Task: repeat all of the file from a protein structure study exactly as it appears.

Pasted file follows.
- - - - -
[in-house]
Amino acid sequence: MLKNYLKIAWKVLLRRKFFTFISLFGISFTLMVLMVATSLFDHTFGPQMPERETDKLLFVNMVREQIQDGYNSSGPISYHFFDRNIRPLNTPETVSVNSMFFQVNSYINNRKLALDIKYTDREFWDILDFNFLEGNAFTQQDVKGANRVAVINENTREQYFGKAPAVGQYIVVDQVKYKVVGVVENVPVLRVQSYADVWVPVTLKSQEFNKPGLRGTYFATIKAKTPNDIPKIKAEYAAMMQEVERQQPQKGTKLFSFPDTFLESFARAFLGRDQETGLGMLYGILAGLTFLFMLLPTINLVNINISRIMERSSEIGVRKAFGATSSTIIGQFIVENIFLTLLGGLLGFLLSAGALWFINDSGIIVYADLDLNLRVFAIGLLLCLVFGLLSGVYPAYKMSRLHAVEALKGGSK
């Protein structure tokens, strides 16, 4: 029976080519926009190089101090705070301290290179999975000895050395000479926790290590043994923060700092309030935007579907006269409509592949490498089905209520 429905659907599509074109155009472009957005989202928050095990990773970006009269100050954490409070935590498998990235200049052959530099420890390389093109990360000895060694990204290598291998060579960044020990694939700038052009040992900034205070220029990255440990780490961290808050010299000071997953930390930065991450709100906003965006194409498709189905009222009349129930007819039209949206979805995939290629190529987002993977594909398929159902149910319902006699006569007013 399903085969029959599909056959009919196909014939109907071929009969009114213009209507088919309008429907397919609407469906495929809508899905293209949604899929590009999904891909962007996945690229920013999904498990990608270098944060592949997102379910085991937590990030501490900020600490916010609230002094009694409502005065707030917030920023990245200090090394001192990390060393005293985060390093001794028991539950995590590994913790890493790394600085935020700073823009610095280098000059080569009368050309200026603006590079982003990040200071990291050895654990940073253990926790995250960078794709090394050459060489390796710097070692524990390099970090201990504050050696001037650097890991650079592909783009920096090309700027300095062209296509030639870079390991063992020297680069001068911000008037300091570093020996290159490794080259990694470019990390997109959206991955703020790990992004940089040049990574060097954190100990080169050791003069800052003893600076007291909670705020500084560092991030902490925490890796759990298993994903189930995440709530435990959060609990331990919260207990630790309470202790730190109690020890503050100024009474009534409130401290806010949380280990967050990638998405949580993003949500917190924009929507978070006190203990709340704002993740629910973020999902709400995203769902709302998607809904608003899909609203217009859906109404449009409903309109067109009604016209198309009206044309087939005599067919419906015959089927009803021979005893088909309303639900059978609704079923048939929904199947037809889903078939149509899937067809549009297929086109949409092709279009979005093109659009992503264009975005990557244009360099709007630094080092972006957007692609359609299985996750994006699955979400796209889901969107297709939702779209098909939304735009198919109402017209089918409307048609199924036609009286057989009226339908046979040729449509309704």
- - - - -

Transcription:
[in-house]
Amino acid sequence: MLKNYLKIAWKVLLRRKFFTFISLFGISFTLMVLMVATSLFDHTFGPQMPERETDKLLFVNMVREQIQDGYNSSGPISYHFFDRNIRPLNTPETVSVNSMFFQVNSYINNRKLALDIKYTDREFWDILDFNFLEGNAFTQQDVKGANRVAVINENTREQYFGKAPAVGQYIVVDQVKYKVVGVVENVPVLRVQSYADVWVPVTLKSQEFNKPGLRGTYFATIKAKTPNDIPKIKAEYAAMMQEVERQQPQKGTKLFSFPDTFLESFARAFLGRDQETGLGMLYGILAGLTFLFMLLPTINLVNINISRIMERSSEIGVRKAFGATSSTIIGQFIVENIFLTLLGGLLGFLLSAGALWFINDSGIIVYADLDLNLRVFAIGLLLCLVFGLLSGVYPAYKMSRLHAVEALKGGSK
């Protein structure tokens, strides 16, 4: 029976080519926009190089101090705070301290290179999975000895050395000479926790290590043994923060700092309030935007579907006269409509592949490498089905209520 429905659907599509074109155009472009957005989202928050095990990773970006009269100050954490409070935590498998990235200049052959530099420890390389093109990360000895060694990204290598291998060579960044020990694939700038052009040992900034205070220029990255440990780490961290808050010299000071997953930390930065991450709100906003965006194409498709189905009222009349129930007819039209949206979805995939290629190529987002993977594909398929159902149910319902006699006569007013 399903085969029959599909056959009919196909014939109907071929009969009114213009209507088919309008429907397919609407469906495929809508899905293209949604899929590009999904891909962007996945690229920013999904498990990608270098944060592949997102379910085991937590990030501490900020600490916010609230002094009694409502005065707030917030920023990245200090090394001192990390060393005293985060390093001794028991539950995590590994913790890493790394600085935020700073823009610095280098000059080569009368050309200026603006590079982003990040200071990291050895654990940073253990926790995250960078794709090394050459060489390796710097070692524990390099970090201990504050050696001037650097890991650079592909783009920096090309700027300095062209296509030639870079390991063992020297680069001068911000008037300091570093020996290159490794080259990694470019990390997109959206991955703020790990992004940089040049990574060097954190100990080169050791003069800052003893600076007291909670705020500084560092991030902490925490890796759990298993994903189930995440709530435990959060609990331990919260207990630790309470202790730190109690020890503050100024009474009534409130401290806010949380280990967050990638998405949580993003949500917190924009929507978070006190203990709340704002993740629910973020999902709400995203769902709302998607809904608003899909609203217009859906109404449009409903309109067109009604016209198309009206044309087939005599067919419906015959089927009803021979005893088909309303639900059978609704079923048939929904199947037809889903078939149509899937067809549009297929086109949409092709279009979005093109659009992503264009975005990557244009360099709007630094080092972006957007692609359609299985996750994006699955979400796209889901969107297709939702779209098909939304735009198919109402017209089918409307048609199924036609009286057989009226339908046979040729449509309704």